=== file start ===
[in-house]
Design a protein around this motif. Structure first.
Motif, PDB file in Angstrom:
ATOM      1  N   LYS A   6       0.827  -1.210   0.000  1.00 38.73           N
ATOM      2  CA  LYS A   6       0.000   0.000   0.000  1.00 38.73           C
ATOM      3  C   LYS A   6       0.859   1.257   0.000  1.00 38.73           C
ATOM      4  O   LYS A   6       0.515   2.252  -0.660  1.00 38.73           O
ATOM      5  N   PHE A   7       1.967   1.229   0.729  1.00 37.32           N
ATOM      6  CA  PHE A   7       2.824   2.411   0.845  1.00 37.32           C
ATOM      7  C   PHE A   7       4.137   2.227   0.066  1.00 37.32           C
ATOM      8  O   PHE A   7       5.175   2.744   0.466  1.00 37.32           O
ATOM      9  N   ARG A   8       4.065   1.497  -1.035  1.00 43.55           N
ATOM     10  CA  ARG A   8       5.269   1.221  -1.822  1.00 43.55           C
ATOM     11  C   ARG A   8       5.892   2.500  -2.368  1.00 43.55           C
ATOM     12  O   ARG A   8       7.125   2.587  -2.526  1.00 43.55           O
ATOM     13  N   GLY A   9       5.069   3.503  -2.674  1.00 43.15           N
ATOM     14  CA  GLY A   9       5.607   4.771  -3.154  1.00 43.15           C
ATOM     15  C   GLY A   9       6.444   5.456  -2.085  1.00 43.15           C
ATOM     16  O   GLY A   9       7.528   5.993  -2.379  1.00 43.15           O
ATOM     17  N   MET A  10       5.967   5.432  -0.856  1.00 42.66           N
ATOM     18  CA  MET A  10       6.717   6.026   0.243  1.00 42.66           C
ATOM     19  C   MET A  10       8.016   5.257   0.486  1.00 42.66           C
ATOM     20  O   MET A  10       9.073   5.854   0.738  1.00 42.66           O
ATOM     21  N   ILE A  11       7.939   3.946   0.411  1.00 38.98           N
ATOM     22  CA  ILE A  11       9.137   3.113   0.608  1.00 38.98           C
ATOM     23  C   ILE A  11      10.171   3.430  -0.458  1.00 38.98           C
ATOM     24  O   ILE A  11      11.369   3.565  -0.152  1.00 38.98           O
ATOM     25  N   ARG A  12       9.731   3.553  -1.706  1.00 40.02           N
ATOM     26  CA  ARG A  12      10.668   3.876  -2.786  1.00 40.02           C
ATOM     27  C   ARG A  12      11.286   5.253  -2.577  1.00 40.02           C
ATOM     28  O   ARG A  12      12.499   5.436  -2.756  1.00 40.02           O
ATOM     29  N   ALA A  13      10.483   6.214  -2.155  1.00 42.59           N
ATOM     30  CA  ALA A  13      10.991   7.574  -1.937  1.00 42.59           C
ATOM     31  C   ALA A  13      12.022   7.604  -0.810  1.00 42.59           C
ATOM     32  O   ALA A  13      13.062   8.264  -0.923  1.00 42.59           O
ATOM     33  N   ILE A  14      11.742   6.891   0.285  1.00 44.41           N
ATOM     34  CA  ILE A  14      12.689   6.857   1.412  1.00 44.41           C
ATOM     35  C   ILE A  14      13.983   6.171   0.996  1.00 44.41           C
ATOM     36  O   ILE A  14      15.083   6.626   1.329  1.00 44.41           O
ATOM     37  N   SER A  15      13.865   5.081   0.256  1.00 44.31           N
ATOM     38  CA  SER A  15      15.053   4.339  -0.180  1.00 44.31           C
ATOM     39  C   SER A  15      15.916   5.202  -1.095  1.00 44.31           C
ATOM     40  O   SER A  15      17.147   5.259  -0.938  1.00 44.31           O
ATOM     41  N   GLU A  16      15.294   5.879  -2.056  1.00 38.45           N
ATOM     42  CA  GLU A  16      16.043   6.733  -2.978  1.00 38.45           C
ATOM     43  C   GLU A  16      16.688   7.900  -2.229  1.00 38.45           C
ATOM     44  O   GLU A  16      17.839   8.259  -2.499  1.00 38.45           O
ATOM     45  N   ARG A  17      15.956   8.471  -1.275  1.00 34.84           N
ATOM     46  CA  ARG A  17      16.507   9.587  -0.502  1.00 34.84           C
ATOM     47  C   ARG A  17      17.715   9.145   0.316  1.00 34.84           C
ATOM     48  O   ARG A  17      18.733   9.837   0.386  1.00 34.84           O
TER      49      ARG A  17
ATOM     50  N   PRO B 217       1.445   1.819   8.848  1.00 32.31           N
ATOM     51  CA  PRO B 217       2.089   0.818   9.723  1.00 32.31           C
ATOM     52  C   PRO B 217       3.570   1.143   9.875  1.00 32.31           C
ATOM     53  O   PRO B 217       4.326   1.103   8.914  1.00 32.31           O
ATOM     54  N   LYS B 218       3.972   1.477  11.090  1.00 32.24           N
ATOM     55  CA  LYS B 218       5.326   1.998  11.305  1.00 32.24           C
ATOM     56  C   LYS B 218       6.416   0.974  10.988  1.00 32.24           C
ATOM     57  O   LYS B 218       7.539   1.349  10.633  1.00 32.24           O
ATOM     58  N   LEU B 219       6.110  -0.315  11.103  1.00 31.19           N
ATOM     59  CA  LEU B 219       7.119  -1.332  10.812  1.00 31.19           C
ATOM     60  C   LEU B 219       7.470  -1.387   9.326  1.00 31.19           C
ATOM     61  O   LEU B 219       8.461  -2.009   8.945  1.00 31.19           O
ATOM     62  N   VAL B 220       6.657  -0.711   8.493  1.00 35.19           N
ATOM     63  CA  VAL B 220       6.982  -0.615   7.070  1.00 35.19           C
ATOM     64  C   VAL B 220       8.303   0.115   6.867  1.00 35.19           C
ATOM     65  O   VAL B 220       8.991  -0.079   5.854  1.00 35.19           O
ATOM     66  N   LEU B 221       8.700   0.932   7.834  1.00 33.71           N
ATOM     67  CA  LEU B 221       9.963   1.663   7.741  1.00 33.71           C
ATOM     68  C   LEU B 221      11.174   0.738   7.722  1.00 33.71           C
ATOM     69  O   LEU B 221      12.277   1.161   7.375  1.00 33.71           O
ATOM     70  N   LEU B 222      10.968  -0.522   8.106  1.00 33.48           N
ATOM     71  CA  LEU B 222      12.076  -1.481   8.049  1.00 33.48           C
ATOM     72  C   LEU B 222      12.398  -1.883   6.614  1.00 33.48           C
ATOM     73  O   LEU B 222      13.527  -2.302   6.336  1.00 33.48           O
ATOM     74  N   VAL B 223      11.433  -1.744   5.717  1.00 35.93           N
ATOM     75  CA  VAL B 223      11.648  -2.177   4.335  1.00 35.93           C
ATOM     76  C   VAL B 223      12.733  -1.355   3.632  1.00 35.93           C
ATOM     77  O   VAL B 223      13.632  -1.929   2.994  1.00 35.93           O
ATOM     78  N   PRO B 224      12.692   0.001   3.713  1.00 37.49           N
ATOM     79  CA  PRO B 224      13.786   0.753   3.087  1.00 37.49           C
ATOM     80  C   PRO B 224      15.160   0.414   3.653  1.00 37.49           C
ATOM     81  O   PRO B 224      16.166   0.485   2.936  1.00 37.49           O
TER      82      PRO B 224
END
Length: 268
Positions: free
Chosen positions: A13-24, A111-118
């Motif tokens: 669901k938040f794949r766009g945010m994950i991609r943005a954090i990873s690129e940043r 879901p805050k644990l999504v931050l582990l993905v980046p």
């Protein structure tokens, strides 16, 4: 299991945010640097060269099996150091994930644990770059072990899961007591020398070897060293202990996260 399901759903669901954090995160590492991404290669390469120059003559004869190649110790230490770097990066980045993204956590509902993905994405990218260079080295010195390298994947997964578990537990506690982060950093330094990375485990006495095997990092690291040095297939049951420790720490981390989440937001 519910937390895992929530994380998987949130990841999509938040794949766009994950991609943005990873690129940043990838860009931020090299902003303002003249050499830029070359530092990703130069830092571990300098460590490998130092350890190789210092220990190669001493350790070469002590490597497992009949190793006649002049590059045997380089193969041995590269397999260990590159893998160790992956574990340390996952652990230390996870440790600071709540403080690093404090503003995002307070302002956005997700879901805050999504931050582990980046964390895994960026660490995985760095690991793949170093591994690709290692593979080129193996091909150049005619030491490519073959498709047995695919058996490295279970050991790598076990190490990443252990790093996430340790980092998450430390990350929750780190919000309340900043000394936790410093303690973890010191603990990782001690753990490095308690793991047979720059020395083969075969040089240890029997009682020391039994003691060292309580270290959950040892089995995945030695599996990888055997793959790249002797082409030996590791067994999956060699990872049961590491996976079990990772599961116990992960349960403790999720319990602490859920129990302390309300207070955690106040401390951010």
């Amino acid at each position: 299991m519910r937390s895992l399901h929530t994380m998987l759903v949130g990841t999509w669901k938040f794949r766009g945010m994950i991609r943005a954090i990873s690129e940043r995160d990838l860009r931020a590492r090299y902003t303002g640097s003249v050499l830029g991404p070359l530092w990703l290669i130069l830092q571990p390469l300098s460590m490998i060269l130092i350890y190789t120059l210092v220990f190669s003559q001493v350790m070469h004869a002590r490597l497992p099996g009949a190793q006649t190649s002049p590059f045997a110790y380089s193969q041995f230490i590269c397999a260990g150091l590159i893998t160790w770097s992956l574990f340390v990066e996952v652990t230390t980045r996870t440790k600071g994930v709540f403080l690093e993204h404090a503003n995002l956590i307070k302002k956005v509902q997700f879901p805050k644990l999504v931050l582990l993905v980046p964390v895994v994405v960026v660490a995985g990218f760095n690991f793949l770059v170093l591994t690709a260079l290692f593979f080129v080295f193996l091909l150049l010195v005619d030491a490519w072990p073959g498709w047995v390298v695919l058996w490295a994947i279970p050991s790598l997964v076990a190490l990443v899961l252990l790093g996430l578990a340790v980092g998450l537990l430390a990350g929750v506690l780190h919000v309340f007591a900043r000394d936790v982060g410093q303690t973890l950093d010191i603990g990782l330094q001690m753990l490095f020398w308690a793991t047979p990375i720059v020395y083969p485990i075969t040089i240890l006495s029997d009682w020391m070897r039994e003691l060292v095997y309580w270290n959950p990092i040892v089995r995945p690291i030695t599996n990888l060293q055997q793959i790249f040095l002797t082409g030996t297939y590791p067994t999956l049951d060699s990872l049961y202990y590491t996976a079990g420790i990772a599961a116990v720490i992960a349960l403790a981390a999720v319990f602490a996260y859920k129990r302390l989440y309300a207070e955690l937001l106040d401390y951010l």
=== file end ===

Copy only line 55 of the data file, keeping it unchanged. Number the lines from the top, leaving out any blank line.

ATOM     52  C   PRO B 217       3.570   1.143   9.875  1.00 32.31           C